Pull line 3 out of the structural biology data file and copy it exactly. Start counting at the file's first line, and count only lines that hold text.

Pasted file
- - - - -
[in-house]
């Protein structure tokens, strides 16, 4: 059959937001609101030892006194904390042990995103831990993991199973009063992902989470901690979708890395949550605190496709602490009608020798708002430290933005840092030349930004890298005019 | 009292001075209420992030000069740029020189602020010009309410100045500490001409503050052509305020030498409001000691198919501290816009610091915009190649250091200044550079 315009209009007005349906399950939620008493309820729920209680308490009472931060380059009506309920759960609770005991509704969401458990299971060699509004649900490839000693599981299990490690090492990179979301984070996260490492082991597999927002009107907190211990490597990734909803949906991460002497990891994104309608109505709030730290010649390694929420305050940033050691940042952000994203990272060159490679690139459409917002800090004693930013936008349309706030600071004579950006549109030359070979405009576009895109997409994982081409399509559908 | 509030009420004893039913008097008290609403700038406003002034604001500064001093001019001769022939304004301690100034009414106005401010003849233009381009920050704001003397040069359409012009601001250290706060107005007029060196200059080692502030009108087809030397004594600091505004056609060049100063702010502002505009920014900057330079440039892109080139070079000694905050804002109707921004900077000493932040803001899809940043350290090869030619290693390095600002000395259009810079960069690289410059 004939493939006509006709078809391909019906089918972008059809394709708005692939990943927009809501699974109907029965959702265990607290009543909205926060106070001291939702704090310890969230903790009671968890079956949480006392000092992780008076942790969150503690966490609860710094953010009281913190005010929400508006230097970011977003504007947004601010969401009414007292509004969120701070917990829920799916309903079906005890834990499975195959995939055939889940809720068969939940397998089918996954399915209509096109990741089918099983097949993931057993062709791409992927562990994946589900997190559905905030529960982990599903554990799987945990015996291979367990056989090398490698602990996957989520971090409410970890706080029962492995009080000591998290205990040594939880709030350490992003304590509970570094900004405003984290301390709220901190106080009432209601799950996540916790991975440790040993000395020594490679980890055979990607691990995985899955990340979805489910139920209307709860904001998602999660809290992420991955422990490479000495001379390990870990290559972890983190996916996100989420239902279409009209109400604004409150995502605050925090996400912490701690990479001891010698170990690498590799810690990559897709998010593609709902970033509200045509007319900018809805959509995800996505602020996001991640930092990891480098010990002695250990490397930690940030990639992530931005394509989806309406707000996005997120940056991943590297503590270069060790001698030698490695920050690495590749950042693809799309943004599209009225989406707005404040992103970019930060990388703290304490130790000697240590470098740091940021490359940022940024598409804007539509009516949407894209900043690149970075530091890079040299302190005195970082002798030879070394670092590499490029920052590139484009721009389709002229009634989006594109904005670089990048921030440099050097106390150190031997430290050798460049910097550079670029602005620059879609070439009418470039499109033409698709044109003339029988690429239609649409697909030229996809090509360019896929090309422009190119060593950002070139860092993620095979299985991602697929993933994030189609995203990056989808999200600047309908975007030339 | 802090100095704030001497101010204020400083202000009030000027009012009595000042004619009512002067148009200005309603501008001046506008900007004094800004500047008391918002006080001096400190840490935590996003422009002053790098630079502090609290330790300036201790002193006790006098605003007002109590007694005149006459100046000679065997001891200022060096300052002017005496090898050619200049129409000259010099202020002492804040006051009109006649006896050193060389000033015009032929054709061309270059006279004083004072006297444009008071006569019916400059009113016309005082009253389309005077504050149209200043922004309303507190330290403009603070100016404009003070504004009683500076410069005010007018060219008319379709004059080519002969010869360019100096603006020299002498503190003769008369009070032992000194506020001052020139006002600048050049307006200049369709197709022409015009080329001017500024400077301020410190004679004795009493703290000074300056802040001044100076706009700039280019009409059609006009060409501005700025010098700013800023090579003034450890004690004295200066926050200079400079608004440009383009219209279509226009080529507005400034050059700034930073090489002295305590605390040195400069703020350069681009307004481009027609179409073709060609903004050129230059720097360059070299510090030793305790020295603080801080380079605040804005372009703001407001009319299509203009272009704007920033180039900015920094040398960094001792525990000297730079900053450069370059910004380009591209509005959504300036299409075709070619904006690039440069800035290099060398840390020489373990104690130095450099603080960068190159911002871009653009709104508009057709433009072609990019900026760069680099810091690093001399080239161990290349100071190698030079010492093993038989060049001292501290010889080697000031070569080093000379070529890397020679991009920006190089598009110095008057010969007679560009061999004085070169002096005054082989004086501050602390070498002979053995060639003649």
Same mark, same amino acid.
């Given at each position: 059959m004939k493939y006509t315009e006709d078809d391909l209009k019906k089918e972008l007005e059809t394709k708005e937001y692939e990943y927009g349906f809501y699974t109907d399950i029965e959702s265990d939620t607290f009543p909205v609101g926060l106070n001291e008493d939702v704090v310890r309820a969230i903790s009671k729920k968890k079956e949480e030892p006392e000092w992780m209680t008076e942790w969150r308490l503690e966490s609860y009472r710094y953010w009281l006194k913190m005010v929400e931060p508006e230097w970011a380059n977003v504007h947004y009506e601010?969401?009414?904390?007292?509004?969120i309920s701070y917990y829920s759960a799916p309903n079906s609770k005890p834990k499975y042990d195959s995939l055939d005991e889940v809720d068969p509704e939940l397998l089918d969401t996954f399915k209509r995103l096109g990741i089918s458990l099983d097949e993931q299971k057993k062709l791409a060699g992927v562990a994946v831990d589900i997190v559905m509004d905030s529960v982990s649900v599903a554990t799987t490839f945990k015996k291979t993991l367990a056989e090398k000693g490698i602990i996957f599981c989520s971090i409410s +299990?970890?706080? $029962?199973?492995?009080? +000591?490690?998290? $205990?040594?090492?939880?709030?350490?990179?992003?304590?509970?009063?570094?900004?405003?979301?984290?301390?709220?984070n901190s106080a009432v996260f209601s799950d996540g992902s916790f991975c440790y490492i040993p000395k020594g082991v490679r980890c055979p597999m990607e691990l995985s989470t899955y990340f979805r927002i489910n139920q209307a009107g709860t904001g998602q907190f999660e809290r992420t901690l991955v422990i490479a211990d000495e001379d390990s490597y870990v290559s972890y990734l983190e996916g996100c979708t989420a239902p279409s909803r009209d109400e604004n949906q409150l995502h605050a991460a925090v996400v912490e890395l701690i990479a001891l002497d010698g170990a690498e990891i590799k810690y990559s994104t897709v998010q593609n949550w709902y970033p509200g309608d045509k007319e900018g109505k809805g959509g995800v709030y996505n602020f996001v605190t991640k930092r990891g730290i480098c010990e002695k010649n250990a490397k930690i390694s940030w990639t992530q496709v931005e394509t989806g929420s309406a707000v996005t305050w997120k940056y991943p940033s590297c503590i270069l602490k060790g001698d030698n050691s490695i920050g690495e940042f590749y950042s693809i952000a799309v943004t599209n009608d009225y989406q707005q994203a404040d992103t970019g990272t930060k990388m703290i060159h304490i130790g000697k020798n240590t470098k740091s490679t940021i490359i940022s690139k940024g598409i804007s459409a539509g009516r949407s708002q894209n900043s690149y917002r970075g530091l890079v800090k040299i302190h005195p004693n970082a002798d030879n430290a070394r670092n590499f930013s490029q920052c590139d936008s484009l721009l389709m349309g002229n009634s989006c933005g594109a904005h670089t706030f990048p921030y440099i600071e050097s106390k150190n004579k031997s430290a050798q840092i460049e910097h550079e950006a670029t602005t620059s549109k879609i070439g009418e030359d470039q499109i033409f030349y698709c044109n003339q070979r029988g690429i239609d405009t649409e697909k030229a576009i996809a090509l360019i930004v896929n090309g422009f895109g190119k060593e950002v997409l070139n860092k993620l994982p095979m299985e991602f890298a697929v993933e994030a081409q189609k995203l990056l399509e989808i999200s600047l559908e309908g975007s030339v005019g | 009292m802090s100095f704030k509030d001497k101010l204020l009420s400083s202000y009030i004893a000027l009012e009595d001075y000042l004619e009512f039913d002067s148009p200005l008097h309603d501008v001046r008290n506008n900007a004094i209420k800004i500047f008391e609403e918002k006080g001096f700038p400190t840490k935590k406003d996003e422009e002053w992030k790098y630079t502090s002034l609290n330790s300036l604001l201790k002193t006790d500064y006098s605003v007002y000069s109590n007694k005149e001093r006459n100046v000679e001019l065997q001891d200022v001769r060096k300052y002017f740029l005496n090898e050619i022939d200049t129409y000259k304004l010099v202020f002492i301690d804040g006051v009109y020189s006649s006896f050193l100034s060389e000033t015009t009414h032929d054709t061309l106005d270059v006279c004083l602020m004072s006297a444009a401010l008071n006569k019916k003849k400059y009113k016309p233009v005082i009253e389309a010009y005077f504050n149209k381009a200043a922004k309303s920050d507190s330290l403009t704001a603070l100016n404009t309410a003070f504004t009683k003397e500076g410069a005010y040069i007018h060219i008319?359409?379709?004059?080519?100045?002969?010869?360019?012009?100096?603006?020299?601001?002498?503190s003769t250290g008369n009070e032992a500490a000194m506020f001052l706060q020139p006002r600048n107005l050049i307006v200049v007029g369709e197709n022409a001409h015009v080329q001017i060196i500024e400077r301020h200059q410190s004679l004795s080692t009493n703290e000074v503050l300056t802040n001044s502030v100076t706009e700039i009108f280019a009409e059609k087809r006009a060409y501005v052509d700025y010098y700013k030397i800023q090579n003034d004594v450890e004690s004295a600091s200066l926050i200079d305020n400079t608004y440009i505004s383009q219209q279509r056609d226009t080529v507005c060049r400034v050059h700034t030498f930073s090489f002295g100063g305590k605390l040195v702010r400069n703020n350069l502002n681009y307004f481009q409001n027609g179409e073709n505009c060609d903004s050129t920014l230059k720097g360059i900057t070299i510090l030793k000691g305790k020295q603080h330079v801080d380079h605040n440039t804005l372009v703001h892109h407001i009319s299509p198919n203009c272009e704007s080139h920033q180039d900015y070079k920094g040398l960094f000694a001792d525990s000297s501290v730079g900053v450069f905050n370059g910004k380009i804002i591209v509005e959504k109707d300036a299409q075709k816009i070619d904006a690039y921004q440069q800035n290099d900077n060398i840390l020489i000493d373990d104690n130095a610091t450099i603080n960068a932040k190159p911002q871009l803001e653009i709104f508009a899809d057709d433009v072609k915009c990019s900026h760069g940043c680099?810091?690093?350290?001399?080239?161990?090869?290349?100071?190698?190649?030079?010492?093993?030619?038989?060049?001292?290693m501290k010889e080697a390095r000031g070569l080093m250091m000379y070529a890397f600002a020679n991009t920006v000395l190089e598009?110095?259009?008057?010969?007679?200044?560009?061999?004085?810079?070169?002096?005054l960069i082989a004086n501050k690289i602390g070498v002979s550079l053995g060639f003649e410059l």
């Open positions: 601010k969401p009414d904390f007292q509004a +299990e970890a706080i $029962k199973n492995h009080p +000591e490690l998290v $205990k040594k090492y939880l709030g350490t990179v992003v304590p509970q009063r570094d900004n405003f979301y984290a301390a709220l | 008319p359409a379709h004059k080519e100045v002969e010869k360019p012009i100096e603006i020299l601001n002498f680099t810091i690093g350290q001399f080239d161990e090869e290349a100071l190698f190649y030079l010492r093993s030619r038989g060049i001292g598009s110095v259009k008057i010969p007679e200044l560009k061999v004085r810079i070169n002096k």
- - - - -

Same mark, same amino acid.